But diet culture got its mitts on me good and early thanks to *society, including my parents who’d also been raised in its grips.

My Mum used to tell us with pride how, when she met my Dad, she subsisted on a natural yoghurt and an apple all day while working full-time.

She was 19, beautiful, and thin, with long, silken hair all the way down to her bum. But when my Dad picked her up from work each evening she was in tears at how starving she was. What a shitty way to live.

My Dad was in the Army for decades, and either by virtue of his job or personality, has always stayed very fit. Both he and Mum grew up in the generation where it seemed the worst thing you could be was fat, and that was certainly the message I internalised from a young age.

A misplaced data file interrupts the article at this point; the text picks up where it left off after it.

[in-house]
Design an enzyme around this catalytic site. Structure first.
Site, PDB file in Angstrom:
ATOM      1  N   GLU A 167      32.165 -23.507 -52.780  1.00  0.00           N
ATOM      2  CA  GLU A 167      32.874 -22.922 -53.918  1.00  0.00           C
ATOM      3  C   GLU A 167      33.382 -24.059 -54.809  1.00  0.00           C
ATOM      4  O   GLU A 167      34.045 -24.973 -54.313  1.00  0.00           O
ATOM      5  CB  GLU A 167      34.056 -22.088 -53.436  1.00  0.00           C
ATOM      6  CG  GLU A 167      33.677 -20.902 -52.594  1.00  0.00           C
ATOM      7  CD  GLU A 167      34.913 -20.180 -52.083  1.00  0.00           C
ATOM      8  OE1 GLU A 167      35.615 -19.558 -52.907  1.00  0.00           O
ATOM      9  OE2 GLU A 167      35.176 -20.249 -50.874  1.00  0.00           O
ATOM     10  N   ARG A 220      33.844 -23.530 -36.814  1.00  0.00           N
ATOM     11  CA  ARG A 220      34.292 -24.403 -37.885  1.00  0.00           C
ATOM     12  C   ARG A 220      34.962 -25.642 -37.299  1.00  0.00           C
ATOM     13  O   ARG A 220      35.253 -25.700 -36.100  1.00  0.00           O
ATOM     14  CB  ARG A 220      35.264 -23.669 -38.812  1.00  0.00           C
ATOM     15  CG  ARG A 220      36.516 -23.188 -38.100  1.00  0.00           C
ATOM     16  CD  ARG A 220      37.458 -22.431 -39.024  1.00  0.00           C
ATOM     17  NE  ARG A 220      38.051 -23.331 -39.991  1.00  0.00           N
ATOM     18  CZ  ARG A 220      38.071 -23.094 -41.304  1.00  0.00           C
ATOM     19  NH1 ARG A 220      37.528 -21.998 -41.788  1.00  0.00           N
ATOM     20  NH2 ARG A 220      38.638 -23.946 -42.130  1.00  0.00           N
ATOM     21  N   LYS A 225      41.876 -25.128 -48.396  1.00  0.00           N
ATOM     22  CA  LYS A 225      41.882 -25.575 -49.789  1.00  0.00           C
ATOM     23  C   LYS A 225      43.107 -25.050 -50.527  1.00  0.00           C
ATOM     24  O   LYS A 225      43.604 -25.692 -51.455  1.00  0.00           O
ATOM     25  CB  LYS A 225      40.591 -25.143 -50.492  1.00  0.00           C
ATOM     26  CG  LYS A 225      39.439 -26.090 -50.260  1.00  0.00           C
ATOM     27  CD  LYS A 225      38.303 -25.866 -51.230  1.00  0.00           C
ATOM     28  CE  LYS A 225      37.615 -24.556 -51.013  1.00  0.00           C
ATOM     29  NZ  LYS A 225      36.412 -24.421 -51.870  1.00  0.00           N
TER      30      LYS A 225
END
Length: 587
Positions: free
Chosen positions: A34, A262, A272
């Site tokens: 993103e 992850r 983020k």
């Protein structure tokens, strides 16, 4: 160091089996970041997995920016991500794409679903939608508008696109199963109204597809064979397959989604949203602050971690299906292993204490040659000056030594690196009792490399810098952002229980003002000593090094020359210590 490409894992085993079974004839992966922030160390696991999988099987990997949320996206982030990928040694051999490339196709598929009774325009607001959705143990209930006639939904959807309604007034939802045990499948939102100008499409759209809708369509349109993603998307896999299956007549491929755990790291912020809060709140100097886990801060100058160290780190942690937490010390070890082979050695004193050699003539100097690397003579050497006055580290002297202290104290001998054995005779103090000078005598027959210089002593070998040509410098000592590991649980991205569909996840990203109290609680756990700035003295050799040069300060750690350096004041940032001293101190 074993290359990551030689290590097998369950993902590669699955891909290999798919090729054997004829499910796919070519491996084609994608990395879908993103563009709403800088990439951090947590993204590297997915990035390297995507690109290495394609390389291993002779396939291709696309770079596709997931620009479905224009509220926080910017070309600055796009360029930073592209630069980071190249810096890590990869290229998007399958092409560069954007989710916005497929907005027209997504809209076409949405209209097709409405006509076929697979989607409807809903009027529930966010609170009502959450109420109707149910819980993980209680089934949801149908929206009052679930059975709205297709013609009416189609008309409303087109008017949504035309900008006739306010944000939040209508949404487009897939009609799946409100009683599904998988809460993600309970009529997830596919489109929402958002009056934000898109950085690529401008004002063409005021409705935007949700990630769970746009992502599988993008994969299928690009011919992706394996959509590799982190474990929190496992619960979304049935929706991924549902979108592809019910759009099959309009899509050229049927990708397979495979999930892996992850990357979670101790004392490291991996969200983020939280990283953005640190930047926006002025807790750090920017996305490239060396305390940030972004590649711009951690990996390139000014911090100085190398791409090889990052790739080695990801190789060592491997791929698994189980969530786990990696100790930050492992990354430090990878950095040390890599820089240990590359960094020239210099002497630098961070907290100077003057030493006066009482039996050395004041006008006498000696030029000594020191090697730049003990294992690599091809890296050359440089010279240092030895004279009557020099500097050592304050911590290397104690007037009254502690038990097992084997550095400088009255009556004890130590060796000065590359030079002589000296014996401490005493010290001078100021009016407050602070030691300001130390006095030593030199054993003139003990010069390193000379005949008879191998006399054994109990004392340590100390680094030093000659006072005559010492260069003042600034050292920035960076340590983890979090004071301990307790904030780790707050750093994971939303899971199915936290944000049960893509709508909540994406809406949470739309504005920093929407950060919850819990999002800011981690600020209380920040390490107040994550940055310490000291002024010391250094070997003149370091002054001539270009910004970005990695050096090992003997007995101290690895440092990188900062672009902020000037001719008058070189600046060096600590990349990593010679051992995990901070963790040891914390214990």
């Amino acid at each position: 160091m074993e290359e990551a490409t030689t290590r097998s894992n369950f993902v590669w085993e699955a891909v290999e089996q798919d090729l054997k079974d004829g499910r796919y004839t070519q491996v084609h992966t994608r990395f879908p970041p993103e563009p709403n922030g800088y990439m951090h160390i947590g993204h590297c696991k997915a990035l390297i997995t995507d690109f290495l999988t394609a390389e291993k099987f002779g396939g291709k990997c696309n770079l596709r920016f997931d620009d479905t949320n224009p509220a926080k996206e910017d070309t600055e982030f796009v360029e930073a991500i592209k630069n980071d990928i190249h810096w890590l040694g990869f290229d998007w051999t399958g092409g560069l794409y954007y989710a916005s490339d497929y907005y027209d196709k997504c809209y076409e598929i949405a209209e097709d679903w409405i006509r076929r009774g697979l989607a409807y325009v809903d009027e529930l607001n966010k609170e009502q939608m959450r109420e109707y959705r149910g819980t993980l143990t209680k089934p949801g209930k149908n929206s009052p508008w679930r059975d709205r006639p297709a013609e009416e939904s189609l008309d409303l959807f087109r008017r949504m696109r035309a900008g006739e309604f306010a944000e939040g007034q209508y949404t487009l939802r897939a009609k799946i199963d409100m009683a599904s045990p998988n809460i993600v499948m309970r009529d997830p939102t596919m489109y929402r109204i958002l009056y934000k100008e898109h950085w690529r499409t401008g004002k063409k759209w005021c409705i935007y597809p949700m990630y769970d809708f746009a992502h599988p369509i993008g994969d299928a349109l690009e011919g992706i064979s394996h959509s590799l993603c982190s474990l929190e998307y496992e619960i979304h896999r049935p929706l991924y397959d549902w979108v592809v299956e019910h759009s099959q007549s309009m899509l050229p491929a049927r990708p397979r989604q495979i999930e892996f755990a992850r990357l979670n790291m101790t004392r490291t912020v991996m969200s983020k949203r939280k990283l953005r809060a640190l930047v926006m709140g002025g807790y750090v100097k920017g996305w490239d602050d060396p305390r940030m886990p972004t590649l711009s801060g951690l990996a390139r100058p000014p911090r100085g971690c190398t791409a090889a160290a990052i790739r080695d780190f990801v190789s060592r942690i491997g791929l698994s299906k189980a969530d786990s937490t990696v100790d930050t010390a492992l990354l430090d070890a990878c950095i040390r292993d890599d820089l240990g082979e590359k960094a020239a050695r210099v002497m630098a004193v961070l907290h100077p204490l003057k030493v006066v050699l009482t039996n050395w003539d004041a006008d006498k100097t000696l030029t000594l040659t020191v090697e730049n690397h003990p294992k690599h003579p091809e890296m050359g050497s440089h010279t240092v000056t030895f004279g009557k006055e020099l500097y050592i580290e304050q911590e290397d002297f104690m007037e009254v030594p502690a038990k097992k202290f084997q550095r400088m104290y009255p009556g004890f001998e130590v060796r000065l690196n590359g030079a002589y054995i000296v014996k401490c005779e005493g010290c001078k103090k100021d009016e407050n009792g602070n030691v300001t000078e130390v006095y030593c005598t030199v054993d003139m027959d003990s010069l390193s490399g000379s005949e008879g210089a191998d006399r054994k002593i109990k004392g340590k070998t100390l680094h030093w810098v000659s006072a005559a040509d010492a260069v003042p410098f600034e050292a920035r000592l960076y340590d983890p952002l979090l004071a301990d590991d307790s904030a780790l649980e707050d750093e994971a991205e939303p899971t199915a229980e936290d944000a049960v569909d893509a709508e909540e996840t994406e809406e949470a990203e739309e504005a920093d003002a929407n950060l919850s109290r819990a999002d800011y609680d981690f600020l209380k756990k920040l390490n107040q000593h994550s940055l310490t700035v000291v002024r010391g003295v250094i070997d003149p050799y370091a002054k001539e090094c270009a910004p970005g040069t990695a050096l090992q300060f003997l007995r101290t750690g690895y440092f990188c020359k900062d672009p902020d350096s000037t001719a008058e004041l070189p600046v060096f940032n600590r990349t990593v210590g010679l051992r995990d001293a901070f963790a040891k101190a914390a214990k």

I was even enrolled in Weight Watchers at the ripe old age of 12. TWELVE!

I probably had 4 or 5 kilos of ‘puppy fat’ on me, but off I went to count points and weigh in weekly, along with a dozen or so middle-aged women on the lifelong merry-go-round of managing our midriffs.

I’m not mad about it, just sad about it. I’ve spent way too many hours, weeks, years on this diet and that. Counting calories and starving myself. Only to continue hating my body then look back on it, years later in photos, wishing “if only I was that thin again”.

Now, seeing as we’re the generation of cycle-breakers, I plan to do things very differently with my girls.